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Let's Go Fly A Kite!

This was a comment I received from a fourth grade teacher, "Would you believe on the state 4th grade math test this year, they would not accept "diamond" as an acceptable answer for a rhombus, but they did accept "kite"!!!!!  Can you believe this? Since when is kite a shape name? Crazy."

First of all, there are NO diamonds in mathematics (see Nov. 20, 2014 post entitled Faux Diamonds), but believe it or not, a kite is a geometric shape! The figure on the right is a kite. In fact, since it has four sides, it is classified as a quadrilateral. It has two pairs of adjacent sides that are congruent (the same length). The dashes on the sides of the diagram show which side is equal to which side. The sides with one dash are equal to each other, and the sides with two dashes are equal to each other.

A kite has just one pair of equal angles. These congruent angles are a light orange on the illustration at the left. A kite also has one line of symmetry which is represented by the dotted line. (A line of symmetry is an imaginary line that divides a shape in half so that both sides are exactly the same. In other words, when you fold it in half, the sides match.) It is like a reflection in a mirror.

The diagonals of the kite are perpendicular because they meet and form four right angles. In other words, one of the diagonals bisects or cuts the other diagonal exactly in half. This is shown on the diagram on the right. The diagonals are green, and one of the right angles is represented by the small square where the diagonals intersect.

There you have it! Don't you think a geometric kite is very similar to the kites we use to fly as children? Well, maybe you didn't fly kites as a kid, but I do remember reading about Ben Franklin flying one! Anyway, as usual, the wind is blowing strong here in Kansas, so I think I will go fly that kite!

A Go Figure Debut for an Ontarian Who's New

Mrs. Teacher's Store
For our Go Figure Debut this month, we head north....way north to Ontario, Canada. Pat has been an active member of Teachers Pay Teachers for about a year and a half. She states that creating and selling resources on this site has been a steep learning curve but a delightful adventure. Her TPT store is called Mrs. Teacher, and it contains 88 different resources for many grade levels and various disciplines.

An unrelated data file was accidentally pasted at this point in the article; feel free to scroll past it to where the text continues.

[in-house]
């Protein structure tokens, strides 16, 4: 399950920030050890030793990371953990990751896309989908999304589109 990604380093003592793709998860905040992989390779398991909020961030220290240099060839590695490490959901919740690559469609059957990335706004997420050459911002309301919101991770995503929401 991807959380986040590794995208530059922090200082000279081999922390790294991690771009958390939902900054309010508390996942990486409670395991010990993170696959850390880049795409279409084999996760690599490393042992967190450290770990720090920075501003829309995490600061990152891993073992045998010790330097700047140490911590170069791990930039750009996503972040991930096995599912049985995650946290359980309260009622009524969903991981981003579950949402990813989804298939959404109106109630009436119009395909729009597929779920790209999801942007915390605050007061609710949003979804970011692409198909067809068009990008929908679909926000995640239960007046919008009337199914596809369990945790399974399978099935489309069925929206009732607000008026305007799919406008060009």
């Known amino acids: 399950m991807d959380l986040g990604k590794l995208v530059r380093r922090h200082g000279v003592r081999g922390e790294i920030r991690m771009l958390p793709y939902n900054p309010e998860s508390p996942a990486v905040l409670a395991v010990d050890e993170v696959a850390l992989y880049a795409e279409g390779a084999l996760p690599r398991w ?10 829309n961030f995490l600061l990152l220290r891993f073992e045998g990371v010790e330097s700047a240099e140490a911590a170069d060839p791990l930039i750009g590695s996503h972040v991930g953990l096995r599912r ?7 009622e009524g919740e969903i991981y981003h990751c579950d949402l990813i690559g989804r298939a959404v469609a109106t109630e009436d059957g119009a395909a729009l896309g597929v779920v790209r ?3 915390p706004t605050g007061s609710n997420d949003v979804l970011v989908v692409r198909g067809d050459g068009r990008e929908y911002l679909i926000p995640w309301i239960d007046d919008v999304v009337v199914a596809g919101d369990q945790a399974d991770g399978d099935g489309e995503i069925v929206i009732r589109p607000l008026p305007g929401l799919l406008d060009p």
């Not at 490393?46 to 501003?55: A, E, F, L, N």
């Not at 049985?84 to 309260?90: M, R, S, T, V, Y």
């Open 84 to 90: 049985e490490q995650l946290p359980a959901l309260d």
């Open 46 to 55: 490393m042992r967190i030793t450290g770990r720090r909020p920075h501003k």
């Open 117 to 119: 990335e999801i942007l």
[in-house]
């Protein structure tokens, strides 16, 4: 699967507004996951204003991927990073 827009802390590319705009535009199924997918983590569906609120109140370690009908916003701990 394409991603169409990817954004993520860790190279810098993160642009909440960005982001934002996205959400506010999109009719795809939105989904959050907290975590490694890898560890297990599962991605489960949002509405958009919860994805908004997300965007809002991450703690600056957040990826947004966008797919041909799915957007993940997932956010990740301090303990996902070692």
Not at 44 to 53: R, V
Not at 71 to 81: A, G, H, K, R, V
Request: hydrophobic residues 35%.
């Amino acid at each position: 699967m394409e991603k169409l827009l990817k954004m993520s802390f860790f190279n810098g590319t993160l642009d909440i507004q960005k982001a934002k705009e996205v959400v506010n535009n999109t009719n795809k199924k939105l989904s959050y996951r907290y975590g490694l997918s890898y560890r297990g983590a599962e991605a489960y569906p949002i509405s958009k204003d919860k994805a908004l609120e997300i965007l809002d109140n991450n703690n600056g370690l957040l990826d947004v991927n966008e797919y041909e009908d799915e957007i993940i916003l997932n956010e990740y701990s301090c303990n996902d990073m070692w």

Pat's background experience is actually in finance, but she has always created her own worksheets to supplement her sons' learning materials from school. When her two sons were in school, she would teach them during the summer months so that there was a minimal "summer slide" before school began again. She discovered that she enjoyed teaching so much that she now volunteers at a literacy center where she teaches basic reading, writing and math skills to adults.

She enjoys playing the flute and also has a flare for art.   She loves doing watercolor painting. In addition, Pat dabbles in creating frames, stationery, etc. although she claims that she still has much to learn in that area. In the future, she would love to create clip art, but right now, she has no clue how to even begin!

She characterizes her teaching style best as facilitating because she leans towards student-centered learning. She likes to allow the students to take the initiative for meeting the demands of the various learning tasks. She believes it is important for learning to be both fun and challenging.

In her store, Pat has a variety of math resources.  I particularly like her 41 page linear measurement package that I believe would be a wonderful addition to your math centers! It covers both the Imperial System and the Metric System and is appropriate for grades 3-5

Measuring Up contains:
  • a brief history of linear measurement
  • a test and answer key
    Linear Measurement Package
  • explanations and worksheets in both Imperial and Metric systems
  • measuring worksheets for both non-standardized and standardized units
  • worksheets for independent work and activities for working with a partner
  • problem solving
  • estimating
  • rounding off measurements 
  • working with rulers
  • measurement conversions
  • blank templates for additional practice 
  • worksheets using standard units to find the perimeter of shapes 
**Spellings are given in both American and Canadian English.

Free Resource
Pat also has an unique free resource about different kinds of lighthouses and their history. The easy-to-understand information makes the content understandable even for a young audience. (appropriate for grades 3-5)  Using this resource, a teacher might explore the dangers and challenges of life at sea, the importance of being responsible at work, etc. The students are introduced to new nautical terminology, and the included activity helps them to remember the new words.

So take a few minutes to check out Mrs. Teacher's store.  While you are there, become a follower, or download a freebie or better yet, purchase a resource for your classroom.